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Hello, this is the global news podcast from the BBC World Service with reports and analysis from across the world. The latest news, seven days a week.

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BBC World Service podcasts are supported by advertising there, says the Global News podcast from the BBC World Service.

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Hello, I'm Oliver Conway and this edition is published in the early hours of Monday, the 24th of August. Our main stories. Huge crowds have again filled the centre of Minsk to demand Alexander Lukashenko relinquish power in Belarus. But the president has responded with a show of defiance.

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Black box recorders on the Ukrainian plane shot down by Iran in January show it was hit by two missiles and Bayern Munich when European football showpiece event for the sixth time also in the podcast.

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I don't think that political can do something for peace, and I hope that music has this chance.

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The music festival hoping to bring peace to the strife torn Caucasus region.

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Two weeks ago, President Alexander Lukashenko of Belarus claimed his sixth election victory with 80 percent of the vote.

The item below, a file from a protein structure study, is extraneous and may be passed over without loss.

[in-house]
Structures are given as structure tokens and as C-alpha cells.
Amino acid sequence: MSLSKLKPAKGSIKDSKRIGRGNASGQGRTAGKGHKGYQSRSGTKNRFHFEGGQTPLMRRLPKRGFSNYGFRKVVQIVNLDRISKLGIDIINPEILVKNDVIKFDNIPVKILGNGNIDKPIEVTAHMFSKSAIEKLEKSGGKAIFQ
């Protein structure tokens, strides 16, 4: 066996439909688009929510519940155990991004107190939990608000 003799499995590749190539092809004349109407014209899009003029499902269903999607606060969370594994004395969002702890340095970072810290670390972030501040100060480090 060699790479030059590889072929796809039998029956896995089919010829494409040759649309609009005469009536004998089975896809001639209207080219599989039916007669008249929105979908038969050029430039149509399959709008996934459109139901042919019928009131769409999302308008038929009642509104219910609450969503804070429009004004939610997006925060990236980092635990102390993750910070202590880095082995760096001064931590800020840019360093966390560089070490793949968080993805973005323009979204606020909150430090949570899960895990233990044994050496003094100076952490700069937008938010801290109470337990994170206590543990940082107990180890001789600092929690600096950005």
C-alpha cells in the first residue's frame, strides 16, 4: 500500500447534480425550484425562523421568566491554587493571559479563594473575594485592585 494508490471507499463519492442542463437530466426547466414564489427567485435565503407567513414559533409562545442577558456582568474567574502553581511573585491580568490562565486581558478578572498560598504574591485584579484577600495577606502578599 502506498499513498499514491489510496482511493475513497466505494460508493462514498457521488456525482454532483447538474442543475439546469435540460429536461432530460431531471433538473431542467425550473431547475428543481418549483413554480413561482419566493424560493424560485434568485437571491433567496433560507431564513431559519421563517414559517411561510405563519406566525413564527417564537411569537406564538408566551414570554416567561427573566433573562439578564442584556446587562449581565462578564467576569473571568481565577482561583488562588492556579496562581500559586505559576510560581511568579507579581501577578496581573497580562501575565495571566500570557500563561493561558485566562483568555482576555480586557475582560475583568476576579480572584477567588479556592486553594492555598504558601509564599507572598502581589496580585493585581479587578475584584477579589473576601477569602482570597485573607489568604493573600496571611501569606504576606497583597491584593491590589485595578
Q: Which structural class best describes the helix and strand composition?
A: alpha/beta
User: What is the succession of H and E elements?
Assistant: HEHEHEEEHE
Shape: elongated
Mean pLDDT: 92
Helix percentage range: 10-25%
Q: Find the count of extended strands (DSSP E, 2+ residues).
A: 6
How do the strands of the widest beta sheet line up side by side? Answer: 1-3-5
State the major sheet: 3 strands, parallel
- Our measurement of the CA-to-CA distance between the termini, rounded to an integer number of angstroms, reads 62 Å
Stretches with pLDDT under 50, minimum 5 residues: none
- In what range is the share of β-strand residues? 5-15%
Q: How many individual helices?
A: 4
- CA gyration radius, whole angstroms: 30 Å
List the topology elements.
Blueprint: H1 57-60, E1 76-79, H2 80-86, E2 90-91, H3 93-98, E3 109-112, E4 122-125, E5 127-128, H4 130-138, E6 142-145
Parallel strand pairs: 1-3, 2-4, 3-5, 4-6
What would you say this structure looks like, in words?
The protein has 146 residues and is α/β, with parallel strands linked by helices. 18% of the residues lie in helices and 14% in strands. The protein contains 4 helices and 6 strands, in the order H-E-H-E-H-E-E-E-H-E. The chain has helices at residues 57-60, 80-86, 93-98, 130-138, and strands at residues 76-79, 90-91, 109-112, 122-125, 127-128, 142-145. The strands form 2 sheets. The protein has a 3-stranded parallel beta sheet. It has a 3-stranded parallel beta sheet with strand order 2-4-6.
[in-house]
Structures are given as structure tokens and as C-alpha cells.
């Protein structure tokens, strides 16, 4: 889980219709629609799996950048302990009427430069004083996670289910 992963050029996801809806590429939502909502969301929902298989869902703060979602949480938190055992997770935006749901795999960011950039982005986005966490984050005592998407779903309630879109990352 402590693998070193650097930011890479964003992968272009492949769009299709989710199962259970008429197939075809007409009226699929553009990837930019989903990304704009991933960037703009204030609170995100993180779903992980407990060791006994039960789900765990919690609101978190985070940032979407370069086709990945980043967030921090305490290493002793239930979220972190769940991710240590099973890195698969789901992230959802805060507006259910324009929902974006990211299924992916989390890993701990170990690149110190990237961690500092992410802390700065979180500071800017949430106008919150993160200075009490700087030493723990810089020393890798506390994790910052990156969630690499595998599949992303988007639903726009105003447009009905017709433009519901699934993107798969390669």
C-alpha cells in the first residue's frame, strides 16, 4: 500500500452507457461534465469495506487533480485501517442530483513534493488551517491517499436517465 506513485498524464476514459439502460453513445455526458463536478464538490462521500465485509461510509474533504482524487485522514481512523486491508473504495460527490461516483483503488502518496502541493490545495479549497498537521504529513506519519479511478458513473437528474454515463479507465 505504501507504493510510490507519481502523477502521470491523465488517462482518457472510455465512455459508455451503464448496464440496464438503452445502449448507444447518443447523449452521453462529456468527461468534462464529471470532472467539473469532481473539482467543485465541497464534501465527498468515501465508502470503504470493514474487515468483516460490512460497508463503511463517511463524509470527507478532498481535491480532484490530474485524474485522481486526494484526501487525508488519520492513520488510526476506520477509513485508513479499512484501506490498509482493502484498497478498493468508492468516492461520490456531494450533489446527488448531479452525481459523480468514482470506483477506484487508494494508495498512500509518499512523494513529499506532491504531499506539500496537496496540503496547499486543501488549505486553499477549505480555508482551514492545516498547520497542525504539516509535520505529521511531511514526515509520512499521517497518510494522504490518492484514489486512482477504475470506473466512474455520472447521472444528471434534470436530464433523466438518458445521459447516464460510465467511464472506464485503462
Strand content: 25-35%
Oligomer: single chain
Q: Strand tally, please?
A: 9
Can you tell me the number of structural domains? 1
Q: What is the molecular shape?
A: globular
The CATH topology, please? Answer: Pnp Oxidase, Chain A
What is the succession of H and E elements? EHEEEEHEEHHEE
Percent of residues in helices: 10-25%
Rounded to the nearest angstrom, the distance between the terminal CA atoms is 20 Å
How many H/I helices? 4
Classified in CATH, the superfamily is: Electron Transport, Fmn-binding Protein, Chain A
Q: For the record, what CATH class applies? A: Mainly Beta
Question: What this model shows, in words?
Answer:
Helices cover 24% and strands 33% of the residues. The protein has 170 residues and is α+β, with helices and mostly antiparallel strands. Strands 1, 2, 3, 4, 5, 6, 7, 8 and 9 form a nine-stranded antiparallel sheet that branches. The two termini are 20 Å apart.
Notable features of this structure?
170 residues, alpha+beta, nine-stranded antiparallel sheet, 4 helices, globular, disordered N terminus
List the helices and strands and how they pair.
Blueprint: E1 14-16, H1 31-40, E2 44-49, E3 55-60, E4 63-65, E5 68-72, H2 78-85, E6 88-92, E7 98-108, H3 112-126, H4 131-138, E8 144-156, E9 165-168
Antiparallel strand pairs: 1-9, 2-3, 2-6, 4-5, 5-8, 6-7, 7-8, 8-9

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But it seems he may not be as popular as he thought. With protesters continuing to take to the streets in anger over the suspected rigging of the presidential vote and the violent crackdown that followed. On Sunday, many tens of thousands, possibly as many as 200000 people, marched in the capital, Minsk to demand that he steps down. There was also a big rally in neighboring Lithuania where tens of thousands of people linked arms in solidarity, but despite suggestions that after 26 years, President Lukashenko is losing his grip on power in Belarus, he has gone on the offensive.

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Caelum municipal authorities ordered the forces, the interior ministry, the state security committee for the Grodner region to provide security on the streets in Grodner and other towns in the region. It doesn't matter who doesn't like it, we need to carefully identify all the troublemakers and instigators.